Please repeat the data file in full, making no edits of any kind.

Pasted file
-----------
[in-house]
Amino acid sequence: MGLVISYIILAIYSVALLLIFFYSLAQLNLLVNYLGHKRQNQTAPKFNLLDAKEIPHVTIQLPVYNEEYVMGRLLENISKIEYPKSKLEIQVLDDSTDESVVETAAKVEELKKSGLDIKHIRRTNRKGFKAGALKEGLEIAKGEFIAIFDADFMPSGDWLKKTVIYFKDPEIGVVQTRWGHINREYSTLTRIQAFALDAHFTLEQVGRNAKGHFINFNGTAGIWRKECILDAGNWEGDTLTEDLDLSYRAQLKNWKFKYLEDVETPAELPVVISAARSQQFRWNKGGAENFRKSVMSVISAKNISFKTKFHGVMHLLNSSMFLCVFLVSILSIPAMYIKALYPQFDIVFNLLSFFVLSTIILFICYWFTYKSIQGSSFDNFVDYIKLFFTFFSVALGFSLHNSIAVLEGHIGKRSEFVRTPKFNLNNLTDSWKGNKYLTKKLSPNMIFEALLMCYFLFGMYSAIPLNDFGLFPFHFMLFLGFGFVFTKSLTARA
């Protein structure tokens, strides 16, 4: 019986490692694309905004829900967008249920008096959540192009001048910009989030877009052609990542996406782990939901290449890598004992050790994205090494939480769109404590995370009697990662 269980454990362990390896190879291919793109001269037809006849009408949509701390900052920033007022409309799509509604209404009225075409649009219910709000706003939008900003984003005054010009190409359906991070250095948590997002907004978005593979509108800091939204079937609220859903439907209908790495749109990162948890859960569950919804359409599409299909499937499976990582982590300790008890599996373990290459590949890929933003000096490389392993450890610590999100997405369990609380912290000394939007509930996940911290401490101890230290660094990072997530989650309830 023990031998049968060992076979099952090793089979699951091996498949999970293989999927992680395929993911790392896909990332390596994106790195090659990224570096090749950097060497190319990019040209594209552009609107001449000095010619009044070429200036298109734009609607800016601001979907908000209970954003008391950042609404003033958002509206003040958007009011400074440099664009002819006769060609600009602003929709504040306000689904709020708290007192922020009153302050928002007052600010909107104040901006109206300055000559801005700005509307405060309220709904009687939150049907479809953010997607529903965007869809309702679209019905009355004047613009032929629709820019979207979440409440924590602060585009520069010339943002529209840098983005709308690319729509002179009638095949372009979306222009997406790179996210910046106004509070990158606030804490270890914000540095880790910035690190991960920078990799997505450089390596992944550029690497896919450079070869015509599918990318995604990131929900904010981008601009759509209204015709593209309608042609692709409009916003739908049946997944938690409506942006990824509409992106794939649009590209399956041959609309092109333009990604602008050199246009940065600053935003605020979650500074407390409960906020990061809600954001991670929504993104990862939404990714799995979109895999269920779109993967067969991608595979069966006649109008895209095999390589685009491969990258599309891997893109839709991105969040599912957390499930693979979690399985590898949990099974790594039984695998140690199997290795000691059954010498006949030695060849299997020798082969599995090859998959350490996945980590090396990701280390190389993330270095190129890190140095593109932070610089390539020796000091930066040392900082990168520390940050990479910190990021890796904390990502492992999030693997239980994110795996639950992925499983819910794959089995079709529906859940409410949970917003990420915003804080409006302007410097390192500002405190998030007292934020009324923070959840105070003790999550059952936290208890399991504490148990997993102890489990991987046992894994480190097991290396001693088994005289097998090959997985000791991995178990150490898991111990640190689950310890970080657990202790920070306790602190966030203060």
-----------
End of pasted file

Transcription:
[in-house]
Amino acid sequence: MGLVISYIILAIYSVALLLIFFYSLAQLNLLVNYLGHKRQNQTAPKFNLLDAKEIPHVTIQLPVYNEEYVMGRLLENISKIEYPKSKLEIQVLDDSTDESVVETAAKVEELKKSGLDIKHIRRTNRKGFKAGALKEGLEIAKGEFIAIFDADFMPSGDWLKKTVIYFKDPEIGVVQTRWGHINREYSTLTRIQAFALDAHFTLEQVGRNAKGHFINFNGTAGIWRKECILDAGNWEGDTLTEDLDLSYRAQLKNWKFKYLEDVETPAELPVVISAARSQQFRWNKGGAENFRKSVMSVISAKNISFKTKFHGVMHLLNSSMFLCVFLVSILSIPAMYIKALYPQFDIVFNLLSFFVLSTIILFICYWFTYKSIQGSSFDNFVDYIKLFFTFFSVALGFSLHNSIAVLEGHIGKRSEFVRTPKFNLNNLTDSWKGNKYLTKKLSPNMIFEALLMCYFLFGMYSAIPLNDFGLFPFHFMLFLGFGFVFTKSLTARA
């Protein structure tokens, strides 16, 4: 019986490692694309905004829900967008249920008096959540192009001048910009989030877009052609990542996406782990939901290449890598004992050790994205090494939480769109404590995370009697990662 269980454990362990390896190879291919793109001269037809006849009408949509701390900052920033007022409309799509509604209404009225075409649009219910709000706003939008900003984003005054010009190409359906991070250095948590997002907004978005593979509108800091939204079937609220859903439907209908790495749109990162948890859960569950919804359409599409299909499937499976990582982590300790008890599996373990290459590949890929933003000096490389392993450890610590999100997405369990609380912290000394939007509930996940911290401490101890230290660094990072997530989650309830 023990031998049968060992076979099952090793089979699951091996498949999970293989999927992680395929993911790392896909990332390596994106790195090659990224570096090749950097060497190319990019040209594209552009609107001449000095010619009044070429200036298109734009609607800016601001979907908000209970954003008391950042609404003033958002509206003040958007009011400074440099664009002819006769060609600009602003929709504040306000689904709020708290007192922020009153302050928002007052600010909107104040901006109206300055000559801005700005509307405060309220709904009687939150049907479809953010997607529903965007869809309702679209019905009355004047613009032929629709820019979207979440409440924590602060585009520069010339943002529209840098983005709308690319729509002179009638095949372009979306222009997406790179996210910046106004509070990158606030804490270890914000540095880790910035690190991960920078990799997505450089390596992944550029690497896919450079070869015509599918990318995604990131929900904010981008601009759509209204015709593209309608042609692709409009916003739908049946997944938690409506942006990824509409992106794939649009590209399956041959609309092109333009990604602008050199246009940065600053935003605020979650500074407390409960906020990061809600954001991670929504993104990862939404990714799995979109895999269920779109993967067969991608595979069966006649109008895209095999390589685009491969990258599309891997893109839709991105969040599912957390499930693979979690399985590898949990099974790594039984695998140690199997290795000691059954010498006949030695060849299997020798082969599995090859998959350490996945980590090396990701280390190389993330270095190129890190140095593109932070610089390539020796000091930066040392900082990168520390940050990479910190990021890796904390990502492992999030693997239980994110795996639950992925499983819910794959089995079709529906859940409410949970917003990420915003804080409006302007410097390192500002405190998030007292934020009324923070959840105070003790999550059952936290208890399991504490148990997993102890489990991987046992894994480190097991290396001693088994005289097998090959997985000791991995178990150490898991111990640190689950310890970080657990202790920070306790602190966030203060």